As it stands, the world’s fastest personal watercraft holds the record at 112 miles per hour. That number has yet to be officially repeated since Maikel Gonzales’ epic run this past July. Emboldening all of those in contention for the Speed Alley championship, Gonzales record run effectively painted a large red target on the drag racer’s back. Replicating that kind of speed requires the perfect blend of power-to-weigh-to-hull design and many feel they have what it takes to challenge Gonzales’ “Blue Zone” conversion ski.
One such machine stands out among the others, as it breaks away from the conventional Yamaha GP1300R hull-and-Rotax 4-tec 3-cylinder combination. Slidell, Louisiana’s Keith Salles‘ original plan was far removed from his final result, but the journey to a SHO-powered GPR capable of 107-plus-miles per hour is a tale all unto itself.
“I purchased the ski from a warehouse where it was stored and covered up on a pallet for approximately 7 or 8 years,” Salles began. “We had initially set the ski up with a stock motor and aftermarket supercharger impeller, our custom intercooler, a V-Tech ECU flash as well as miscellaneous other things and the ski ran 96mph on the GPS. After this, we wanted to step it up considerable so we built a custom turbo setup and had the motor fully built.”
Prior to deciding on the big displacement 1.8-liter Yamaha SHO motor, Salles sought about perfecting the hull for such high speeds. “I brought the hull to Ben Herman of Ben’s Performance Plus in Jackson, Mississippi. He’s known for building some of the world’s fastest two-stroke GPR skis. He basically set the hull up for me which included setting the shoe to his custom specs, installing a stainless steel GP800 intake grate with upgraded billet mounting bosses, installed a pump tunnel reinforcement, which is needed at the higher speeds the ski is capable of. He basically prepped the hull and made it safe at speeds at or over 100mph.”
The engine was sent off to Brad Mattei of Mattei’s Cycle Supply in New Orleans East, Louisiana. Salles said, “Brad is also a long time friend of mine who has been with me for years in the sport bike drag racing scene. He has been my crew chief for years and has been a motorcycle mechanic and engine builder his whole life, specializing in late model four-stroke 4-cylinder motors.”
Pressing air through the SHO would require a lot of work. For that, Salles reached out to long time friend, Jesse Gonzalez. “[Jesse] shares performance interests with me. [He] completely fabricated the turbo kit and intercooler setup. [He fabricated] the merge collector (the V-looking funnel) for the header as well as the dump pipe off the turbo for the exhaust (the Y-looking piece). All the piping is fully water jacketed stainless steel and all one-off pieces.
On the hull, the GPSHO has a FF GPR Jim’s Performance modified ride plate. “The pump is a stock Yamaha SHO pump with a custom made prop, and modified venturi nozzle to achieve the desired ride plate angle we’re after,” Salles detailed. “[We] custom-made pressure relief valves mounted to the venturi nozzle as well as the bored aluminum steering nozzle.”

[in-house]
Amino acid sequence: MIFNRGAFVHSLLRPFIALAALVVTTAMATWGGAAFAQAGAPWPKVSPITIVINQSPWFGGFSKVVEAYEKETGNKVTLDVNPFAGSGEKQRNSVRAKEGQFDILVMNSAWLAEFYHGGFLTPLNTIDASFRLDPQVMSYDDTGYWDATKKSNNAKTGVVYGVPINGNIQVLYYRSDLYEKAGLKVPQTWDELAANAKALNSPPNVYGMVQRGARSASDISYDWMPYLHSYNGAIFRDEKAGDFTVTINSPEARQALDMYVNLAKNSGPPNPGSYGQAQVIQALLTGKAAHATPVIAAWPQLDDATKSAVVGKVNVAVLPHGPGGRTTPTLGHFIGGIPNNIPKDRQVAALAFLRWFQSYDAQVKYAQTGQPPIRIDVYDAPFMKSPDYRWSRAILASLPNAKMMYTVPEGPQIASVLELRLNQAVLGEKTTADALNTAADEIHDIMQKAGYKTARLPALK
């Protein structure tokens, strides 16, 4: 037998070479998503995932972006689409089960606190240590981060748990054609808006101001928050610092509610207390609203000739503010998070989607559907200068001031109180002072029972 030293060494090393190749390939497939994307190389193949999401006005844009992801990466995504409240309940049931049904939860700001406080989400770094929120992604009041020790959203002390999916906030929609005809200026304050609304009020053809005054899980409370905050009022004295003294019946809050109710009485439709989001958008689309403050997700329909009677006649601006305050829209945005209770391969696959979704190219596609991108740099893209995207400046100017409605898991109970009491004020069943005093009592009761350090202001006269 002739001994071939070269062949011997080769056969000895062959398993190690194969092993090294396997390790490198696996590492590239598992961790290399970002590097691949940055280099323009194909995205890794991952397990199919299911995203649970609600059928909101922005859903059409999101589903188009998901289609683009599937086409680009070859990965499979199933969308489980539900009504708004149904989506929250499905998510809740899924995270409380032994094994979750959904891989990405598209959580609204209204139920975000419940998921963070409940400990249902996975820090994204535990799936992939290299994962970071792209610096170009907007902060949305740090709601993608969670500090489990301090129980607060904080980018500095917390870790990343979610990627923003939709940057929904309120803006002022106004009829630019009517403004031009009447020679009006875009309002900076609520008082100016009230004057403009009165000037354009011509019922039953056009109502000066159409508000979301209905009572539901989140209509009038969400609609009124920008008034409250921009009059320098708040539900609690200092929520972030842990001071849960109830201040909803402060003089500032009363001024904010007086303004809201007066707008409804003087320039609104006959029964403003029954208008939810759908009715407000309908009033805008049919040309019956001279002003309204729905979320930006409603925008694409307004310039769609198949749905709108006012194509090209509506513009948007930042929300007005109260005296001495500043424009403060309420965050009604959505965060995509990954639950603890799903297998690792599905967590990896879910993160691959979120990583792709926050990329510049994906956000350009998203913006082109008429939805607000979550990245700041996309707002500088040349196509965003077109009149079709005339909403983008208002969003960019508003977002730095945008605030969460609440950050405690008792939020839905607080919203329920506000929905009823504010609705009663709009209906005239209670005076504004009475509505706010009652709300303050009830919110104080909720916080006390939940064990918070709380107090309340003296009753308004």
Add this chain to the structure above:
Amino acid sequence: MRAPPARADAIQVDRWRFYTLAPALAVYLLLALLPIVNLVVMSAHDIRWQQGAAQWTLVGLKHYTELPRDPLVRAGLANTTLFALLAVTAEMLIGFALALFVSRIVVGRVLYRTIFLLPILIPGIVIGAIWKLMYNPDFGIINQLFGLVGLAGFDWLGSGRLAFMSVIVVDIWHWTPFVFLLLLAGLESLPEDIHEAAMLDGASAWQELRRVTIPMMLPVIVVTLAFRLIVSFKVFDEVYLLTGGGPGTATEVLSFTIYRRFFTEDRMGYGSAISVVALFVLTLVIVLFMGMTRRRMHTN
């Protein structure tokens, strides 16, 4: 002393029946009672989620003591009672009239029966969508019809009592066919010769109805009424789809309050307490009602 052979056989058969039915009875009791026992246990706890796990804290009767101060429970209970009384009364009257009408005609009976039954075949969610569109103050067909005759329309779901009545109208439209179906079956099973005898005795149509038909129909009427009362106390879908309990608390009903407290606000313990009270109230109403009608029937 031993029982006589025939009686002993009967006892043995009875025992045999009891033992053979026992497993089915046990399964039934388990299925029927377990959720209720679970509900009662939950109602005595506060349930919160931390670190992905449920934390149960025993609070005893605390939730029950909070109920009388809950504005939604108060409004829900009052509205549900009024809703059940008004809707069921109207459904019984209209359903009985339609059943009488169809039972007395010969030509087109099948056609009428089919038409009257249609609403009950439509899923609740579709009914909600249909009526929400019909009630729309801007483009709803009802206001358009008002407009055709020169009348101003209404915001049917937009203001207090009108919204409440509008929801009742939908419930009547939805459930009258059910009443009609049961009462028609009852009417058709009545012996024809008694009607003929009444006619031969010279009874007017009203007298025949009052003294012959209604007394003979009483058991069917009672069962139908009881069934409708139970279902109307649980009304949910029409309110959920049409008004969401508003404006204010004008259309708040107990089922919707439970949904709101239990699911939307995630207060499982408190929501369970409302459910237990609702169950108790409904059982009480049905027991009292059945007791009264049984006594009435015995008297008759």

When it came time to prove the GPSHO, there was no time for testing. Arriving at the race site’s launch ramp on Saturday, at 3am the morning of the Hydrodrag World Finals, in Tavares, Florida, Salles and crew knew they had a full day ahead of them.
“We pulled into the race site around 3am and sat in the truck until we heard Kristian on the lake testing with his Silver Bullet turbo FZR. I said ‘We’re going to race, not to sleep.’ After finalizing a few things with Mike Young Sunday morning, …we decided not to test and race off the trailer, being we tuned the morning before in Slidell and I made adjustments relative to what the weather was scheduled to be in Tavares. This allowed us to hang out more and work less, which is essentially what we wanted to do.
“We didn’t run as fast as we tuned or planned to, but I’ve heard from several people that ‘this lake isn’t that fast’ and ‘don’t expect to make big mph on a GPR.’ The way I saw it was everyone is racing the same water, so we’ll give it a shot. It’s unfortunate we never had time to tune the hull between runs, because I’m pretty sure I could have gotten a handle on it and got that bounce out.”Salles continued, “Right as the ski started to make speed, it started bouncing, which it literally had never done before. We’ve been spoiled with flat water and generally don’t run when it’s windy, for more safety sake, not speed sake. That’s racing and I’m not complaining, we were just disappointed we never ran the speed we went to run.”
Nevertheless, at its debut run, the GPSHO ran a lightning-fast 107.4mph earning Salles and crew the coveted first place in the Unlimited Speed Alley competition. He beamed, “We’ll be back and look forward to hanging with all you guys again. Thanks to everyone who supports the events and has a hand in making them happen.” Between now and then, Salles plans on making a few more modifications to ion out the aforementioned “bounce” and eke out a few more miles per hour prior to the beginning of next year’s HydroDrag series. Until then, we’ve got a lot of videos and images of the build below to enjoy.